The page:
The wording of a questionnaire may appear clear and precise, yet convey different meanings to different respondents. Although the purpose of Rasch analysis is to construct generalizable measures along the variable of interest, the measures by themselves have no value if it is unclear what is being measured.
Bookstein and Lindsay (B&L, 1989) investigate this problem by designing a questionnaire to discover what respondents understand by a question frequently asked in their specialty of Library Science. The question is "How often do you use a library?" The answers received to this question from the general public, library clients and other relevant audiences are crucial to assignment of resources in libraries and to the livelihood of librarians.
But what is "library use"? B&L formulate 15 probes into this concept, each starting with "Would you say you used a library today if ... ?" They administered these probes to 33 students, "S", at a Library Graduate School, 4 librarians, "L", and 5 non-librarians, "N".
Their results are summarized in the Figure. The 0-to-10 logit scale measures strictness of interpretation with 10 being most strict and 0 most loose. Each "L", "N" or "S" indicates one person. Placement in the Figure indicates that the person tends to agree that activities listed above are library users, but activities listed below are not. The lowest "N" responded that all activities are library uses. Librarians are located on the lower, loose side in interpreting "library use" (as it is in their own interest to be!). Non-librarians exhibit a "black or white" interpretation, being towards one or other end of the person distribution. Students' interpretations cover the spectrum.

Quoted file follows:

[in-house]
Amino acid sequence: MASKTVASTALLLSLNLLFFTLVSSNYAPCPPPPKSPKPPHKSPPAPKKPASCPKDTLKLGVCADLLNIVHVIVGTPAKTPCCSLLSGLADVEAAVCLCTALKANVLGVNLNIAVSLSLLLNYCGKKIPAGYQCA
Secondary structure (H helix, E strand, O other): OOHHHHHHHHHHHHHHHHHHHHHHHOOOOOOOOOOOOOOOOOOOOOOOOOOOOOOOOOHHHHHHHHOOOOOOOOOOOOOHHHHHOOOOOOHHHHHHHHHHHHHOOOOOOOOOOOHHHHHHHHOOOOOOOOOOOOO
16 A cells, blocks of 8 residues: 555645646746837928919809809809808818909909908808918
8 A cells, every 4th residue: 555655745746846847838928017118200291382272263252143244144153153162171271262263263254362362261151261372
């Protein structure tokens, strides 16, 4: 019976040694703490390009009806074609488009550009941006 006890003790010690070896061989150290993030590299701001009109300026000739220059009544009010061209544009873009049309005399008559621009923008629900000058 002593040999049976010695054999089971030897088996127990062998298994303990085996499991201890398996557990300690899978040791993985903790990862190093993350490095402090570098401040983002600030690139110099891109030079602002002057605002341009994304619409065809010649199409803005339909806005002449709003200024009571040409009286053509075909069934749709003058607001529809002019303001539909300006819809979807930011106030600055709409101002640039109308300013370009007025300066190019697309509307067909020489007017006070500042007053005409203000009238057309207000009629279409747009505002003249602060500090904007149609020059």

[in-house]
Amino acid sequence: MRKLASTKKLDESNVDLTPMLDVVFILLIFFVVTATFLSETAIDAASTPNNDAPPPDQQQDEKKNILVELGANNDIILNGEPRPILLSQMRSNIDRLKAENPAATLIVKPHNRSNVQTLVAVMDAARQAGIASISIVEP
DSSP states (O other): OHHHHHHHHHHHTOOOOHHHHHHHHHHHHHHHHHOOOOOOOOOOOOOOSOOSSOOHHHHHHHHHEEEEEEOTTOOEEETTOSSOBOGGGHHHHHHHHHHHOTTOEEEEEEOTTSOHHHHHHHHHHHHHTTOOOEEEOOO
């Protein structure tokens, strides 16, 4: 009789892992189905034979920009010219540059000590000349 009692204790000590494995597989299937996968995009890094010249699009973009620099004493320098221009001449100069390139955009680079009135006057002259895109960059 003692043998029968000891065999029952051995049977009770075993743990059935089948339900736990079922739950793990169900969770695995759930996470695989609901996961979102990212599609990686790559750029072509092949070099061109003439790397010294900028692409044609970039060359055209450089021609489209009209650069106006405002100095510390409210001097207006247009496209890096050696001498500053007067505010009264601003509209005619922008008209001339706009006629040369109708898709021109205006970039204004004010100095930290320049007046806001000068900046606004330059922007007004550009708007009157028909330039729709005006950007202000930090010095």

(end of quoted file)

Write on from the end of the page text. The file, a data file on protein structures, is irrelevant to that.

Everyone agreed that "library use" includes the "major" traditional library-centered activities of reading articles, referring to card catalogs, conducting online searches and checking out books. Below this, three strata can be identified, based on how intensively library-specific resources are employed. "Minor" use is when no intentional reading of library material occurs. "Petty" use covers other activities in which, at best, only incidental benefit is obtained from traditional library material. "Building" use is that for which any convenient public building would suffice.
This study illustrates how important shared understanding is to the construction of measures and, hence, knowledge. A simple question, such as "How often do you use a library?", has a spectrum of different meanings to different respondents. Since complete commonality of understanding is unobtainable, another attribute of sound measurement, replication, must be its substitute. Through asking variations on the same question, in different ways and with different intensities, the answer to the researcher's intended query can be constructed step-by-step.
Abraham Bookstein 1994 RMT 8:1 P.333
Bookstein A & Lindsay A (1989) Questionnaire ambiguity: a Rasch scaling model analysis. Library Trends 38:2 p. 215-236.
Just what do you mean ...? Bookstein A. Rasch Measurement Transactions, 1994, 8:1 p.333
|Rasch Measurement Transactions (free, online)||Rasch Measurement research papers (free, online)||Probabilistic Models for Some Intelligence and Attainment Tests, Georg Rasch||Applying the Rasch Model 3rd. Ed., Bond & Fox||Best Test Design, Wright & Stone|
|Rating Scale Analysis, Wright & Masters||Introduction to Rasch Measurement, E. Smith & R. Smith||Introduction to Many-Facet Rasch Measurement, Thomas Eckes||Invariant Measurement: Using Rasch Models in the Social, Behavioral, and Health Sciences, George Engelhard, Jr.||Statistical Analyses for Language Testers, Rita Green|
|Rasch Models: Foundations, Recent Developments, and Applications, Fischer & Molenaar||Journal of Applied Measurement||Rasch models for measurement, David Andrich||Constructing Measures, Mark Wilson||Rasch Analysis in the Human Sciences, Boone, Stave, Yale|
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